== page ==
On Monday night, I was fortunate enough to see Abdullah Ibrahim perform at The Fugard Theatre in Cape Town. What an amazing way to spend Heritage Day - listening to one of our own musical legends. I had wanted to catch his annual performance in Cape Town for quite some time but, varying circumstances led to me missing it year after year. However, with him being 83 years old, I felt increasingly determined to see him live this year, just in case he retired from performing. So the perfect tickets were purchased (five rows from the front, center) two and a half months before the show.
But, as we entered the theatre on Monday night, we were told that no photos, videos or recordings were allowed during the performance. Suddenly my mouth felt dry and my heart sank. How could I not be allowed to capture this momentous event? I thought about breaking the rules and suffering the consequences as, I have become so used to documenting everything (and I mean EVERYTHING) that not capturing something this big, seemed like torture. But, since I had waited long enough for this moment, I was not willing to risk being put out of the theatre so, I remained fully present and enjoyed the show without capturing any part of it.

However, after the show, I felt robbed.  Why was the lack of documentation or evidence, minimising what was an amazing experience? I began reflecting on whether I ever truly enjoyed living in the moment or; if I had become so accustomed to viewing everything through my phone, that I had been missing out on real life experiences. It then dawned on me that over the last year, my phone addiction had worsened to a point where I could not enjoy life without it. Glancing at it every few minutes and taking photos of even the most mundane  moments or objects... And then posting them! 🙈 I could not deny that even time spent with my son had been impacted upon as, every activity had to be paused to capture video footage or still images. And when that wasn't the case, I was only partially present as, I interacted while checking my phone updates. As a firm believer in, "everything in moderation", why was this not the same approach used in relation to my phone? That was when I realised... I have a very real problem, I am addicted to my phone. 

A well known South African retailer recently encouraged it's clients to go without their phones for a weekend and connect with friends, enjoy the outdoors etc. I remember thinking how amazing it was in theory, but how impossible it seemed in practice... How could you enjoy yourself with friends and NOT post pics or videos? Also, similar to my hate and disagreement with fad diets, a weekend without my phone seemed like a fad that would only result in me bingeing later. So, I have decided to try an alternative cure to my phone fat*, and I am going to share these three simple ideas with you and then begin putting them into practice (let's see if they work).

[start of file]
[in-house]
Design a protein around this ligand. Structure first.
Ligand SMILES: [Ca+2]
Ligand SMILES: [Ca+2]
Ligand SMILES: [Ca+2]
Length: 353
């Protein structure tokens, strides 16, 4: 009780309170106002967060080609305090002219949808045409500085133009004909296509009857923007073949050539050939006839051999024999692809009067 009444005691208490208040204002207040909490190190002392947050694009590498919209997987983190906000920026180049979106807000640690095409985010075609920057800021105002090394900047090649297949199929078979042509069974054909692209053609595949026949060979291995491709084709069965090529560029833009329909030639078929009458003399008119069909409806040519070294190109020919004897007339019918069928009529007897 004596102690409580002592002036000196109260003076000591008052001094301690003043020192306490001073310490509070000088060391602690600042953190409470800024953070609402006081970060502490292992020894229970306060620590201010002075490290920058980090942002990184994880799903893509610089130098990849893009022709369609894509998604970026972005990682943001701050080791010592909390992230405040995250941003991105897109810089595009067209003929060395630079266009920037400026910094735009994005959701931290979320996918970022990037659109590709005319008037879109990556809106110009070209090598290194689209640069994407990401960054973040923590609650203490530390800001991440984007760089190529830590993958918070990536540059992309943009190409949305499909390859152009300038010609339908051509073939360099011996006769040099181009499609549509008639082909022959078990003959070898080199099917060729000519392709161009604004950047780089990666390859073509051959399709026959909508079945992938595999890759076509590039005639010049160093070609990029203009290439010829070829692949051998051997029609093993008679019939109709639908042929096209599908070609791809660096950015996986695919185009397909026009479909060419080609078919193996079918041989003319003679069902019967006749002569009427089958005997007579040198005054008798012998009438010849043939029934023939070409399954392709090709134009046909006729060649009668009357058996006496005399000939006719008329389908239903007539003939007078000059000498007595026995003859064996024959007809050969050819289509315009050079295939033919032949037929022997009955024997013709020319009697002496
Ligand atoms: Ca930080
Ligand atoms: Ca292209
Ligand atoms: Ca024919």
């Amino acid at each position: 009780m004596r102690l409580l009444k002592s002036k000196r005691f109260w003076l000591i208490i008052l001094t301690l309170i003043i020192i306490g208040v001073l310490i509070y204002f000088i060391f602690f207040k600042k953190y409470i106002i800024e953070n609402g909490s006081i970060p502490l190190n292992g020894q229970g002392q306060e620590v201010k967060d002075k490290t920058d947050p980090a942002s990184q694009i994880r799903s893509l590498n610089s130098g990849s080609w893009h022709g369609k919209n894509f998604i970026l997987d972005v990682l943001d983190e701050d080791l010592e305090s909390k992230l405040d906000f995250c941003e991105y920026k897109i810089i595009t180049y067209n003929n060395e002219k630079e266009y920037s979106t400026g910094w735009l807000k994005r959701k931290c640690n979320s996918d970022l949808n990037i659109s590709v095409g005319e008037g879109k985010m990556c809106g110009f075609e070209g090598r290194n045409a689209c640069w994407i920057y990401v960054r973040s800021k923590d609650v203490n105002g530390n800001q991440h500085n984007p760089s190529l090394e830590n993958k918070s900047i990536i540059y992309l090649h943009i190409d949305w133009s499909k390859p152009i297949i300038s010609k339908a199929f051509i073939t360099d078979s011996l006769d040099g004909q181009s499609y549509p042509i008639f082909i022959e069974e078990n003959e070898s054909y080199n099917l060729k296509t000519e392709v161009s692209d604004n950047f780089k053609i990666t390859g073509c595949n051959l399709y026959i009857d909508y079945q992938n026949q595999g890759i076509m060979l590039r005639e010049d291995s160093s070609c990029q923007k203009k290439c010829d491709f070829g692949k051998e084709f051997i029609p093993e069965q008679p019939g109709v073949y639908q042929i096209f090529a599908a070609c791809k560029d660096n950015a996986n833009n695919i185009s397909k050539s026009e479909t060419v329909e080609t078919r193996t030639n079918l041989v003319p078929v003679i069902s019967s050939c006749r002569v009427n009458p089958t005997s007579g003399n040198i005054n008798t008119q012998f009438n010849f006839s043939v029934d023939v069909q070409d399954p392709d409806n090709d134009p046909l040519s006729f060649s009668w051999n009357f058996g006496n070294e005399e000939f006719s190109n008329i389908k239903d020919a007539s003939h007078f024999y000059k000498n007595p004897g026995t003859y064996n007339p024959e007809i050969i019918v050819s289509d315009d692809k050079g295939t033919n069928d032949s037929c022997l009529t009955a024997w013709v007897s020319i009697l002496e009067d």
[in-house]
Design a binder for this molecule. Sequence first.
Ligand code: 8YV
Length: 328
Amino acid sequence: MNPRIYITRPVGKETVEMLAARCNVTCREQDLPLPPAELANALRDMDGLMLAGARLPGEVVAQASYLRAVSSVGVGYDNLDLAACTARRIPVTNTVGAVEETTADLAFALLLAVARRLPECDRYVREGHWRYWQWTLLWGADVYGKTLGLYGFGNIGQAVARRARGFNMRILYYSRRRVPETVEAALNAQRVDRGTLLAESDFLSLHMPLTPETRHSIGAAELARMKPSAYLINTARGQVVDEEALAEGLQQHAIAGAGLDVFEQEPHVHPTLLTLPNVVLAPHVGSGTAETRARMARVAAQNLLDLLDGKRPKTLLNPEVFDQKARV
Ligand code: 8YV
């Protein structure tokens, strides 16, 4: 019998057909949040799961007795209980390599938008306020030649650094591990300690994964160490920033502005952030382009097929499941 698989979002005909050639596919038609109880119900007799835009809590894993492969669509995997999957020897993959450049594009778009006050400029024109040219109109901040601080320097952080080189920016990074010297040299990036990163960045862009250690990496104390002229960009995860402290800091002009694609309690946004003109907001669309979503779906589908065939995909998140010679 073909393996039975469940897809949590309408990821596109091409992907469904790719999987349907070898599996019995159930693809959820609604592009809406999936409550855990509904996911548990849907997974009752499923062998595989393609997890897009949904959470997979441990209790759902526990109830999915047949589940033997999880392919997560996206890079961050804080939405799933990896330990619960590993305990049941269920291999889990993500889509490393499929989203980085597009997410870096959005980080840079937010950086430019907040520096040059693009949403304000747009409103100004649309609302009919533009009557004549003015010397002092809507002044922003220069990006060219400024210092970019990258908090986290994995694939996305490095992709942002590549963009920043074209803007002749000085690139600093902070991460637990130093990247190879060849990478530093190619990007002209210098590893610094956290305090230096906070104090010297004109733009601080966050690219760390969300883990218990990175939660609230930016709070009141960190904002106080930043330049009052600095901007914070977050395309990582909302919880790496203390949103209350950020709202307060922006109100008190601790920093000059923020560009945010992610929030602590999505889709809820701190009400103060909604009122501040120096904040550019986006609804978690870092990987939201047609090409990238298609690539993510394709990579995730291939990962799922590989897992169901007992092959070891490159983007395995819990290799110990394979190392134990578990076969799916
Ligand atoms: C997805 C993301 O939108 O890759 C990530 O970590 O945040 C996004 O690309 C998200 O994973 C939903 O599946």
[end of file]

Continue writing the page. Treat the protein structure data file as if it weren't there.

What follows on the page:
Less is More
Instead of being on my phone 24/7, I will check my phone at set times during the day when I am not expected to be working, interacting with others, or sleeping. I am going to decide on these times and stick to them. It may be necessary for me to set alarms at first so I know when these "browsing" windows start and end, until I am disciplined enough to not overdo it.

#Latergram
Since most of my phone time is spent on Instagram, surfing the web or taking pics... I am going to commit to deleting Instagram every Friday and only reinstalling it the Monday. I will also turn my 3G off for Safari and limit my photo capturing. It's not a total weekend fad, as I will still be able to receive texts, WhatsApp messages and calls for communication purposes; as well as, capture important (no food pics, promise) moments. However, this will slowly wean me off Instagram so I can eventually go without it for extended periods.

Face Time
This is one which will challenge me as, I struggle being present without documenting the moment. But, my aim is to focus on the people I am surrounded by and enjoy the moments and the memories, without trying to capture it on my phone. My memory is intact so, I am blessed to be able to remember and; I am happy and satisfied with my life so, I do not need to prove that on Instagram. I want to be a better Mother, friend, daughter, girlfriend, colleague... And this means I need to put down my phone and fully engage.

These three ideas address my personal weaknesses with regard to my phone fat problem however; I challenge anyone with similar phone practices / habits to give these a try or, create your own methods to cope and lessen your screen time. This is a serious problem for many people and it's sad to think life is passing us by as we attempt to capture it.

Please comment and share your thoughts or your own ideas... I would love to hear them.

'Phone fat' is my made up term for the symptoms which result from an addiction to or excessive use of one's mobile phone. It was derived from comparing over-eating and the weight gained with the overuse of one's phone and the bad social habits and addiction which is gained namely, 'phone fat'.


[Photo: Lance Wasserfall]

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